The Prophet, upon him blessings and peace, and the generality of the Believers are also described as commanding good and forbidding wrong: Those that follow the Messenger, the unlettered Prophet whom they find cited in their records, in the Torah and the Evangel, commanding them good and forbidding them wrong (Q 7:157); The believers, men and women, are protectors of one another; they command good and forbid wrong, establish prayer and remit zakāt, and obey Allah and His Messenger (Q 9:71). Again, the first objective of the Prophetic and Communal amr and nahy is belief, you command good and you forbid wrong and you believe in Allah (Q 3:110) as monotheism absolute (tawḥīd) (Know, therefore, that there is no god but Allah Q 47:19), alternately enjoined as the rejection of the cult of idolatry of angels and Prophets (Q 3:80) and “wariness” (taqwā) against it (Q 29:16, 71:3, 96:12) (ʿAskarī, Wujūh, p. 147-148, sub al-taqī; Māturīdī, Taʾwīlāt, sub Q 2:21; Samarqandī, Baḥr, and Wāḥidī, Wasīṭ, sub 96:12; Ibn al-Jawzī, Nuzha, p. 219-220, sub taqwā). Next come societal ethics such as the practice of forgiveness, goodness, forbearance (Take to forgiveness, command goodness, and turn away from the ignorant, Q 7:199), the enjoining of almsgiving, reconciliation, virtue and righteousness, all of which reaps immense reward (Q 4:114, 58:9).


The Qurʾān generalizes such duties through universal parables of justice and uprightness (Q 16:76), patience and perseverance as in the advice of Luqmān the Wise to his son: dearest son, establish the prayer, command good and forbid wrong, and show fortitude in the face of adversities; verily that is resolve and constancy (Q 31:17). Following up the enjoining of amr and nahy with the enjoining of fortitude implies that the latter will be needed in the face of duress and enmity caused by the implementation of the former, just as the Prophet, upon him blessings and peace, experienced with his people (Tafsīrs of Muqātil, Ṭabarī; Wāḥidī, Wasīṭ). The Madīnan Companion and foremost secretary of the Prophet, upon him blessings and peace, Ḥudhayfa b. al-Yamān b. Jābir (d. 36/656), mentioned amr and nahy as second only to the Pillars of Islam, followed by jihad: “Islam is eight shares: submission is one share, prayer one share, zakāt one share, pilgrimage one share, Ramadan one share, commanding good one share, forbidding wrong one share, and jihad one share. Whoever has no share has lost everything” (Musnads of Ṭayālisī, 1:329 §413; Bazzār, 7:330 §2928; rated ṣaḥīḥ-chained by Ibn Ḥajar, Itḥāf, 1:100 §64).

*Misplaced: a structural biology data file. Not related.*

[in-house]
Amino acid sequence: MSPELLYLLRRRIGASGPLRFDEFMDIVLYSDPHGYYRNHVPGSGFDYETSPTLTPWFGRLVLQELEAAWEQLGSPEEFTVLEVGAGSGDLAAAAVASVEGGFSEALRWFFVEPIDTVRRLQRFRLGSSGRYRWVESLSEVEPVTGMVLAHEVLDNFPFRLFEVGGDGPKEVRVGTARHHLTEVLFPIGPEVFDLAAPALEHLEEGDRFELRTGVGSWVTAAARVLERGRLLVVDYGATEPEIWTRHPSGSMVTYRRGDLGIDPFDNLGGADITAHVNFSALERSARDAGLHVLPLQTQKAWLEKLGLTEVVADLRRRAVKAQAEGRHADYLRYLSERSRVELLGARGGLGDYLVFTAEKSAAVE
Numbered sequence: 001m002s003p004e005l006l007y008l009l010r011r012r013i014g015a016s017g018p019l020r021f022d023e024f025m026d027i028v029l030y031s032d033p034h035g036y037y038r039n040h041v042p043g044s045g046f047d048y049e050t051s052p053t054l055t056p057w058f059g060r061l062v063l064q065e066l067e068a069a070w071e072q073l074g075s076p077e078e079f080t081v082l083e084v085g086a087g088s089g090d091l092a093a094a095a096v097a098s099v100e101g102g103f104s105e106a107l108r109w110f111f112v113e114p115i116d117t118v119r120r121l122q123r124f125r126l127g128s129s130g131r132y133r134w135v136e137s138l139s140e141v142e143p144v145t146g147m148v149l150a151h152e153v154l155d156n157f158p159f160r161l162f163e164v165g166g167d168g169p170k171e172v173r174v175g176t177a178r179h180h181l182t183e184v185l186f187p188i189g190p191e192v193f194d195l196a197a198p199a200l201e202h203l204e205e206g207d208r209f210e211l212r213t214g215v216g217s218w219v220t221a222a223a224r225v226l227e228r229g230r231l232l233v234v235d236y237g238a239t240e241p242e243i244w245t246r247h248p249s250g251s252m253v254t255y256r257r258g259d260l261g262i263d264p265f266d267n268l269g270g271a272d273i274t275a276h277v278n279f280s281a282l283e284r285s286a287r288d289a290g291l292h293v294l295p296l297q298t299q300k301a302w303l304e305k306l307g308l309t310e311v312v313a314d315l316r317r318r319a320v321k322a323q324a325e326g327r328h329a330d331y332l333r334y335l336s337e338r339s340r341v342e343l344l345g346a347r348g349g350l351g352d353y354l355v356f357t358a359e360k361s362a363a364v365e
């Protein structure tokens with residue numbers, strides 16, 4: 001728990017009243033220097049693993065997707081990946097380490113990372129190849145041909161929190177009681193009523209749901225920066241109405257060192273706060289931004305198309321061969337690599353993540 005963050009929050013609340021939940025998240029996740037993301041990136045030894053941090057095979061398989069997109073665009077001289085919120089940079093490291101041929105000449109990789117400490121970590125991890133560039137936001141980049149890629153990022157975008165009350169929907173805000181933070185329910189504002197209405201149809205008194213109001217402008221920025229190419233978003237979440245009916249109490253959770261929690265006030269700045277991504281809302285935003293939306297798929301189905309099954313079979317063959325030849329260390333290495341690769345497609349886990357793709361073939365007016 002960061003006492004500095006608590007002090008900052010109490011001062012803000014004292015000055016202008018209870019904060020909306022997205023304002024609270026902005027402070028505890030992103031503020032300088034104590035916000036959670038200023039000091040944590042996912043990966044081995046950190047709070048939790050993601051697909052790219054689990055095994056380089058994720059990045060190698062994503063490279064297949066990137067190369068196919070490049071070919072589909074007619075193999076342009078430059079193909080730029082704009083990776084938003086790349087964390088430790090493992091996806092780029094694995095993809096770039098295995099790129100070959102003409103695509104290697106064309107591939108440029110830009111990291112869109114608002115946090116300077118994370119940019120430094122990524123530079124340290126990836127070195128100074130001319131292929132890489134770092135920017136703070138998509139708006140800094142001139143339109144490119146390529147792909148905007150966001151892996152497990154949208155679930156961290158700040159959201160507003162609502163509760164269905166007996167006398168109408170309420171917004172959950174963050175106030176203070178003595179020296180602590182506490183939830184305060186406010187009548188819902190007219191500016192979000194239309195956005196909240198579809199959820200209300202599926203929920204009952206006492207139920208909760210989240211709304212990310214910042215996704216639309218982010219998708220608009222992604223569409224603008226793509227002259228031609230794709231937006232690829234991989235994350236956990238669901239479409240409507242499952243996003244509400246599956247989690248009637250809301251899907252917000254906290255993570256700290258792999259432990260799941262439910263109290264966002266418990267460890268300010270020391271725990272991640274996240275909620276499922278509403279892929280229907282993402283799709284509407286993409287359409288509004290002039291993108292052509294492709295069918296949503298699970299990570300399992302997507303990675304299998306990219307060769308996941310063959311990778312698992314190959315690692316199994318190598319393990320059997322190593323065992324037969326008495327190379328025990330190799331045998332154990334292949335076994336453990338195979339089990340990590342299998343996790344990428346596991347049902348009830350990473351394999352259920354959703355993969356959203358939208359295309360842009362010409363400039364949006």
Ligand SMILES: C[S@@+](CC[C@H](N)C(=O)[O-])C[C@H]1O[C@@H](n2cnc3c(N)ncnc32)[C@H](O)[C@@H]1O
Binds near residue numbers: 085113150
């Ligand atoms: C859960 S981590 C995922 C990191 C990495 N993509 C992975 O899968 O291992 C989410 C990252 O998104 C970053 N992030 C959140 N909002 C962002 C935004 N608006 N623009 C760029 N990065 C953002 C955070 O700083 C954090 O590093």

The inverted amr and nahy of Satan, Pharaoh, and the hypocrites

In contrast to the command and prohibition by Allah, the Prophet and the Believers, the inverted amr and nahy of Satan, Pharaoh (see Firʿawn) and the hypocrites are meant to eradicate belief in the Prophet, upon him blessings and peace, promote disbelief and spread corruption. Satan commands disobedience, indecency, faleshoods about Allah, and every wrong (Q 2:169, 2:268, 24:21); Pharaoh commands disbelief in Prophets, misguidance and deviance (Q 7:123-124, 11:97; 43:54); and the hypocrites command wrong and forbid good, and they keep their hands shut (Q 9:67). Commanding wrong and forbidding good is one of their most characteristic signs (Ibn Dāwūd, Kanz, pp. 50-51, 174-175), “and most of those on earth, human beings and jinns, are enemies of the people of truth in speech and deeds” (Ibn Dāwūd, Kanz, p. 297).

The hypocrites thoroughly pervert the reality of their state, as a result of which Allah Most High abandons them and seals their perdition: They have forgotten Allah, so He has forgotten them (Q 9:67). This verse is “a proof of their deeply-ingrained disbelief and hypocrisy, whereby they order munkar by denying the Message of the Prophet, upon him blessings and peace, and forbid good by prohibiting the utterance of the Witnessing of faith and any acknowledgment of all that was revealed by Allah Most High” (Ālūsī, Rūḥ). They swear by Allah that they belong with the Believers (Q 9:56) and, when ordered Do not spread corruption in the land, protest Nay, but we are civi­liz­ers (Q 2:11):

The meaning is: “It is not right to address us in such a way when, in reality, we stand for nothing but betterment, and our state is devoid of the least trace of cor­ruption.” … They only said this because they imagined corruption to be integrity due to the sickness in their hearts; as Allah said, Is he for whom his evil-doing was made fair, so that he deems it good—? (Q 35:8) (Bayḍāwī, Tafsīr, sub Q 2:11).